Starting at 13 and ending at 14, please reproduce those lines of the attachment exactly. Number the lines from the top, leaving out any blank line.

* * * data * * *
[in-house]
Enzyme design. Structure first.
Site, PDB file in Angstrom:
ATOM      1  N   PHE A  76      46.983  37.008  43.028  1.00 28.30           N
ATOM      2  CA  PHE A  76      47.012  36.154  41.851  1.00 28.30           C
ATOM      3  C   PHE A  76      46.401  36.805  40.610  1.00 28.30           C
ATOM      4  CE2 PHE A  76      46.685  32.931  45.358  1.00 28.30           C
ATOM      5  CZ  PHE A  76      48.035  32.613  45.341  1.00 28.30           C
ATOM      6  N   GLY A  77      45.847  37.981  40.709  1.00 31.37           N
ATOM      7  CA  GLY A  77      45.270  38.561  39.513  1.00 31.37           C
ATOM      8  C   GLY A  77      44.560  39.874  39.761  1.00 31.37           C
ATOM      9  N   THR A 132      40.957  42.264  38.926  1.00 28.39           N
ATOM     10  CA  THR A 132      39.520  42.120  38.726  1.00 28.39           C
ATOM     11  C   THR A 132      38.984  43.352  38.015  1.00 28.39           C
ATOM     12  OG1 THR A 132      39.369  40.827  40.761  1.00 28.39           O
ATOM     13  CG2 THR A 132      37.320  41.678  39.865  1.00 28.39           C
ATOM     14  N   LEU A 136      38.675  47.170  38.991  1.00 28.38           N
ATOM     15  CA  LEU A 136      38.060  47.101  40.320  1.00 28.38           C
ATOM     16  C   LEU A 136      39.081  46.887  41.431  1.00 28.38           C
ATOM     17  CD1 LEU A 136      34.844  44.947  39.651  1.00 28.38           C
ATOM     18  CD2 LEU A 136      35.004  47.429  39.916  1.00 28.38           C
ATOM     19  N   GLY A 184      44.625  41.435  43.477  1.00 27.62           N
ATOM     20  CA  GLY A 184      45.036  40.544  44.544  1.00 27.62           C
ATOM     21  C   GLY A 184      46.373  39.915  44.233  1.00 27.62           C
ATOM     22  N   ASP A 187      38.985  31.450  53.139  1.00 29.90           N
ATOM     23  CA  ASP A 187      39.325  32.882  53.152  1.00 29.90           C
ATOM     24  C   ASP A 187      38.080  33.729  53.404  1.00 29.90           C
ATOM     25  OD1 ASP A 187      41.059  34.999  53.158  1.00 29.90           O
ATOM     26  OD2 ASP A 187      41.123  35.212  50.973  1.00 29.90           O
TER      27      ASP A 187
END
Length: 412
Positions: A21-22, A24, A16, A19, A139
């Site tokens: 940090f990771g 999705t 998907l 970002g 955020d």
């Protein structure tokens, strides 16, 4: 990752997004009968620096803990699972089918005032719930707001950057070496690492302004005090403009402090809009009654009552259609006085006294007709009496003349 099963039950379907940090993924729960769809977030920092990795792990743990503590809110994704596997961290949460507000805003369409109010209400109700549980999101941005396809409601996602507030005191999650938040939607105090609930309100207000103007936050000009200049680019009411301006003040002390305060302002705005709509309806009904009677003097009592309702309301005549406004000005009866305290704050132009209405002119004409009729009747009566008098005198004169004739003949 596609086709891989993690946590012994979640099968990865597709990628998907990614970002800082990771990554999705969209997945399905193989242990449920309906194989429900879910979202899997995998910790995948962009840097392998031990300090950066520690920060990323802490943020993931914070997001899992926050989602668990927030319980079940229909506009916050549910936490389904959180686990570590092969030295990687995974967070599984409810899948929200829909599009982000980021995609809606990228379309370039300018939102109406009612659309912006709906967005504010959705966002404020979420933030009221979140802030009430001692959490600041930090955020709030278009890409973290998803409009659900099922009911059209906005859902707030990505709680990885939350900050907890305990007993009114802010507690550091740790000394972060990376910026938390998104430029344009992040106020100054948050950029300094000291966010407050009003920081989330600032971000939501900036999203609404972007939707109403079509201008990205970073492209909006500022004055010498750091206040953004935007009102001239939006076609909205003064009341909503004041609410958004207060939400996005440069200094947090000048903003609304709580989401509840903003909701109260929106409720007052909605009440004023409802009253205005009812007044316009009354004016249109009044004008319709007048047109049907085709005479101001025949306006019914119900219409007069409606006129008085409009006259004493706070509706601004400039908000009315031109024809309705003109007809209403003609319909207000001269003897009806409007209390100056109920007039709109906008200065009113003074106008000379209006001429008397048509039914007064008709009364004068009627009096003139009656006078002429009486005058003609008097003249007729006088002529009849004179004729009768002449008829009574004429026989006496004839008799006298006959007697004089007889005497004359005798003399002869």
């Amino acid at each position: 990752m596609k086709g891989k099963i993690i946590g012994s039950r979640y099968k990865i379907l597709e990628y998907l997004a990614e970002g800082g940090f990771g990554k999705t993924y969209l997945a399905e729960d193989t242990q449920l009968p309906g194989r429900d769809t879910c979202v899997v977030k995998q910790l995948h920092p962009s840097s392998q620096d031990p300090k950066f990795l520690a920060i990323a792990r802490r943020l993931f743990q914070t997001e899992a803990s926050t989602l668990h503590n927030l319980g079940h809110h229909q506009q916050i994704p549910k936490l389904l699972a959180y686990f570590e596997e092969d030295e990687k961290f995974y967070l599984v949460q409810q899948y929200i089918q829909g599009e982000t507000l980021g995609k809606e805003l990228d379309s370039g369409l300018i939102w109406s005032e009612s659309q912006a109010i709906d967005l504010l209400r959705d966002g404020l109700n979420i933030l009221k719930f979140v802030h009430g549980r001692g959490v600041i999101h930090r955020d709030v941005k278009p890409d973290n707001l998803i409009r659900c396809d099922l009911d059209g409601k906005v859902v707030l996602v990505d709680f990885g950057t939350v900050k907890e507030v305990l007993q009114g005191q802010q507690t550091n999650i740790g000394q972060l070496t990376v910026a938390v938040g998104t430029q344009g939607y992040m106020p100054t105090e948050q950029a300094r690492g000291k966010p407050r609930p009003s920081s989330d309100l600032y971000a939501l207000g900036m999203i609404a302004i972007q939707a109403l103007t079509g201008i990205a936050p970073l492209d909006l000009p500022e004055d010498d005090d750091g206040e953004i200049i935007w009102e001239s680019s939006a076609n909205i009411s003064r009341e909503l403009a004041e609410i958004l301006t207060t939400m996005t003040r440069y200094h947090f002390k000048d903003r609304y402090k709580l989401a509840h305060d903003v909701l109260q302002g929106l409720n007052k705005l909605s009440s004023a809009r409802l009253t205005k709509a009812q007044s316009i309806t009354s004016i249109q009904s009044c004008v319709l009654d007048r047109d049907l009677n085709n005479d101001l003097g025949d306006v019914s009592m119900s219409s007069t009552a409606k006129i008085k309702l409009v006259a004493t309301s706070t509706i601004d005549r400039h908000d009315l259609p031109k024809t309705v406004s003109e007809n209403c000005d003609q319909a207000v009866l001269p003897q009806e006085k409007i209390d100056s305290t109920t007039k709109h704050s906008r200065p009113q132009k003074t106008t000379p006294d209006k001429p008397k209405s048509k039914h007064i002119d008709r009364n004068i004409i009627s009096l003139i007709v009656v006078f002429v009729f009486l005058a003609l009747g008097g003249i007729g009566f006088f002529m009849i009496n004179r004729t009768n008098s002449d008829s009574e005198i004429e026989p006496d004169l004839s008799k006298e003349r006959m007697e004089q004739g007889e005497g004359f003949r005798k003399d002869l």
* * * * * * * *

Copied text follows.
ATOM     10  CA  THR A 132      39.520  42.120  38.726  1.00 28.39           C
ATOM     11  C   THR A 132      38.984  43.352  38.015  1.00 28.39           C